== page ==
Participating communities will collectively issue $13.7 million in general obligation bonds. Local investors, bank loans, and other financing will provide the remaining $42 million. The project is scheduled for completion in 2018.

Phil Keithahn, RS Fiber Coop financial planner, told KEYC Mankato that the network will have triple-play capabilities, bringing Internet, phone, and video to remote rural areas. Community leaders are motivated by the need to improve connectivity for agriculture, tele-medicine, and education.:

"It levels the playing field for people who live and work in rural America with people who are in the twin cities. So it's an economic development tool for south central Minnesota."

Readers who have followed this project will recall that south central Renville and Sibley counties, largely farming communities, have faced many challenges since the project inception. The rural nature of the region increased the cost of deployment but the community wanted to include every one. Incumbent Frontier negatively impacted the project by injecting fear into several local leaders, which complicated the ability to fund the project. Nevertheless, the intense interest and community involvement has kept this project moving forward.

For a detailed look at the RS Fiber Cooperative story, read our case study in All Hands on Deck: Minnesota Local Government Models for Expanding Fiber Internet Access. 

You can also listen to our May 2014 podcast interview with Mark Erickson, Winthrop Town Manager, and Cindy Gerholz, RS Fiber Coop Vice-Chair. We also spoke with Linda Kramer from the group's Marketing Committee back in 2012.

Community Broadband Media Roundup - February 1

The mayors of 38 US cities came out this week to let the FCC know they want the authority to build high speed Internet networks. Jon Gold with Network World covered the story and reminded readers of the more heavy-handed tactics of our Comcast and TWC. 

Three U.S. senators introduced a Community Broadband Act this week. Mario Trujillo with The Hill reported that the bill would forbid state and local governments from “creating a ‘statute, regulation, or other legal requirement’ that bars communities from creating their own municipal broadband network.”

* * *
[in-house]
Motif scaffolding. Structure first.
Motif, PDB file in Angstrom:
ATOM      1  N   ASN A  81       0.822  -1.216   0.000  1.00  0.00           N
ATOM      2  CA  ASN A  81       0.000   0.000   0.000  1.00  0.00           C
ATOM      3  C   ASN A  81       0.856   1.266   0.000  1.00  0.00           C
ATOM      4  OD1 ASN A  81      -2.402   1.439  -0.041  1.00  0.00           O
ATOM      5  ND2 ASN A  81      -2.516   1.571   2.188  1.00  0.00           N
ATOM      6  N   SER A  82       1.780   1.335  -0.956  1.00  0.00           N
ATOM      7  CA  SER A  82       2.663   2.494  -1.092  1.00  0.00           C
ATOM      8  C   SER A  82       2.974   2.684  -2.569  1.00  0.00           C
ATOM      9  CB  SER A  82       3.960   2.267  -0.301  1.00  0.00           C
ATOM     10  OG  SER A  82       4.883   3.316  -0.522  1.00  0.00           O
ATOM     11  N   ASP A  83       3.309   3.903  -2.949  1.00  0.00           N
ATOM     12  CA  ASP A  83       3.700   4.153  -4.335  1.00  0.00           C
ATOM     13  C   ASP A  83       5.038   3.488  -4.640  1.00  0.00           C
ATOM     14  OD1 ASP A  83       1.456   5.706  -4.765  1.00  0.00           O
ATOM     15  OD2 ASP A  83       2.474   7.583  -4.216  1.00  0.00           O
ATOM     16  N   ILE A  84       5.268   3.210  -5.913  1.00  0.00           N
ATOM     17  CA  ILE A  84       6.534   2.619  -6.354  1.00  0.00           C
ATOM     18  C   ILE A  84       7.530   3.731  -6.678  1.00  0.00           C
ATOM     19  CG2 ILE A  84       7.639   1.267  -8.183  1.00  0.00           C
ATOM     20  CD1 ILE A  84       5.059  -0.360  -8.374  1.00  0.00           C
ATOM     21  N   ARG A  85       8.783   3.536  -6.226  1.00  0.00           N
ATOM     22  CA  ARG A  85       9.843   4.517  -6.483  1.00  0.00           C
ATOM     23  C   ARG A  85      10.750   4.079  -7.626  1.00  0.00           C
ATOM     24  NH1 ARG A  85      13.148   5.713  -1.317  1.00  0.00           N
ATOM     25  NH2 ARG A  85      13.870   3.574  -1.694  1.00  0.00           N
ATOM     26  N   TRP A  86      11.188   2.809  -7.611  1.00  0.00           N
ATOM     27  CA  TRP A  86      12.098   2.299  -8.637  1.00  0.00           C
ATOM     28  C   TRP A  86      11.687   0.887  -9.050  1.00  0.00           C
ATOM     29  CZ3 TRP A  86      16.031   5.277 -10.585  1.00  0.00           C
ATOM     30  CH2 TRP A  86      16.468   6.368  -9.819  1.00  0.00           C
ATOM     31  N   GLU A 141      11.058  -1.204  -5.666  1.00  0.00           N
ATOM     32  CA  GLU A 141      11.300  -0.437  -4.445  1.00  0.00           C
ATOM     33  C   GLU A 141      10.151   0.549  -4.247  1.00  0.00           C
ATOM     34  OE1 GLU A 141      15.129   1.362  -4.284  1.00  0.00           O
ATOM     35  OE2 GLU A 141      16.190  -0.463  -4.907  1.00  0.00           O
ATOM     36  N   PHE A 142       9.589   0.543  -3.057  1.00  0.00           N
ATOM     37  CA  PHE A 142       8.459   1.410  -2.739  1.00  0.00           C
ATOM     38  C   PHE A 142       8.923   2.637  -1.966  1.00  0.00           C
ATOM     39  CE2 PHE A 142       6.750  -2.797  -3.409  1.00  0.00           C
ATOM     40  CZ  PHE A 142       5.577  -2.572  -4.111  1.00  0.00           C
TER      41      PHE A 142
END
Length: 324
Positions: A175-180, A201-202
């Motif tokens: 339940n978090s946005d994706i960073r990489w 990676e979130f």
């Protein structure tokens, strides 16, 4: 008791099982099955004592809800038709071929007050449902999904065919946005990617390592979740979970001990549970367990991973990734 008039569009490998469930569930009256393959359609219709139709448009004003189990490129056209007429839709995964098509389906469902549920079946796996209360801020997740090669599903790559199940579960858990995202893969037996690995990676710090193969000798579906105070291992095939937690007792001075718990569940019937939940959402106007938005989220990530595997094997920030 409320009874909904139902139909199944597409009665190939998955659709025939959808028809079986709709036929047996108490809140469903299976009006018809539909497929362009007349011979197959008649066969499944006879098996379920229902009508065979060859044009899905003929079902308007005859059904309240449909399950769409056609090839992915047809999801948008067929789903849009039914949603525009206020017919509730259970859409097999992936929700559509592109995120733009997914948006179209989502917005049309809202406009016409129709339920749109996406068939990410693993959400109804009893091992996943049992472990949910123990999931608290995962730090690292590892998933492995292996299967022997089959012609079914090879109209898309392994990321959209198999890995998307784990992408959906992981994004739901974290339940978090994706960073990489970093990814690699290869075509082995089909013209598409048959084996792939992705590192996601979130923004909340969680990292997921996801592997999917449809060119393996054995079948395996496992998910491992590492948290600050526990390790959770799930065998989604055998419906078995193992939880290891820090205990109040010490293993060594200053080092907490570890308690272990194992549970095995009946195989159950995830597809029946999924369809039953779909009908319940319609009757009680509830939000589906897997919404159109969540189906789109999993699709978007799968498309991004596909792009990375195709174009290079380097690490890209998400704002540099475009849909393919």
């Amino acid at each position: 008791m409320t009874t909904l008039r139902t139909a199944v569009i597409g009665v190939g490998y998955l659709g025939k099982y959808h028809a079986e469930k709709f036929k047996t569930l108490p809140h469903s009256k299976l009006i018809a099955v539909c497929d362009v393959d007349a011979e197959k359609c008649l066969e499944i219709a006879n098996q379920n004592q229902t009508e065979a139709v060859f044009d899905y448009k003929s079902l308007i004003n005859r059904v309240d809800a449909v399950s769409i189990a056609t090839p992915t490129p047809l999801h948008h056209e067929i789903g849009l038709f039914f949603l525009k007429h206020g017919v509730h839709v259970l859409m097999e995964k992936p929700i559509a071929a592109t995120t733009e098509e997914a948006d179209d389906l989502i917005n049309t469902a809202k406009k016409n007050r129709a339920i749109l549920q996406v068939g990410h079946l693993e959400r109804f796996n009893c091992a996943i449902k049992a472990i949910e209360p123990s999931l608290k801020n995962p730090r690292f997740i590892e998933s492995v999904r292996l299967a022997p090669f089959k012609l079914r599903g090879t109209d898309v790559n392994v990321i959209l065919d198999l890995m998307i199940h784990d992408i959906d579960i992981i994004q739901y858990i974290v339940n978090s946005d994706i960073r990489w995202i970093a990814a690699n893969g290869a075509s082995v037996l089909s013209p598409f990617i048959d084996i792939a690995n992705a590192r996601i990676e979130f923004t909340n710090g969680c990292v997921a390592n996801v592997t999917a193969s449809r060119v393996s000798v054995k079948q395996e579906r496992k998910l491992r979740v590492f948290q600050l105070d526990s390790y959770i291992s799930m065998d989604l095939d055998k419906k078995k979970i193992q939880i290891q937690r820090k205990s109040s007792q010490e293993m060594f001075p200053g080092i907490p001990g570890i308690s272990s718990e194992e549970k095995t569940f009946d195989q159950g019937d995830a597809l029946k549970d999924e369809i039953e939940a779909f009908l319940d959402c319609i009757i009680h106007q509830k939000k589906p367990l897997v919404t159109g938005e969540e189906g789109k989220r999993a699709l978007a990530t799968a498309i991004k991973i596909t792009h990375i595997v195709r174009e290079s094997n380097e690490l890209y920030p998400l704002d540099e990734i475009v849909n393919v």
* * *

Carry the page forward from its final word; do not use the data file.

Kate Cox with the Consumerist broke it down:

“In other words, the Community Broadband Act makes it legal for a town to start a network and illegal for the state to stop them, but doesn’t provide any assistance for towns who want to build networks. It simply gives them the opportunity to pursue their own funding. To that end, the bill specifically encourages public-private partnerships.”

Henry Grabar with Salon wrote about the ideological debate that is “taking the country by storm.” 

Broadband Definition

Jon Brodkin with Ars Technica wrote about the FCC decision to raise the definition of broadband speed: “Tons of AT&T and Verizon customers will no longer have ‘broadband’ tomorrow.” This after the FCC upped the definition of broadband from 4 Mbps to 25 Mbps download speed. 

Under the proposed definition of 25Mbps down and 3Mbps up (which is opposed by Internet providers), 19.4 percent of US households would be in areas without any wired broadband providers. 55.3 percent would have just one provider of “broadband,” with the rest being able to choose from two or more. Rural areas are far less likely to have fast Internet service than urban ones.

In another article about the decision, Brodkin explains why the cable industry is opposed to the changes.

Alina Selykukh with Reuters covered the increase as well.  The new definition should force upgrades to fiber to the home, but it could also have a real impact for lower-income families. 

“The FCC could also press Comcast to commit to faster speeds in its Internet Essentials program, a discounted Internet service for low-income families, if they decide to use it as part of the merger review, analysts said.”

 

Muni Editorials

This week several prominent newspaper editorial boards have come out in favor of community broadband. 

The Boston Globe’s board wrote that Congress should let cities provide their own Internet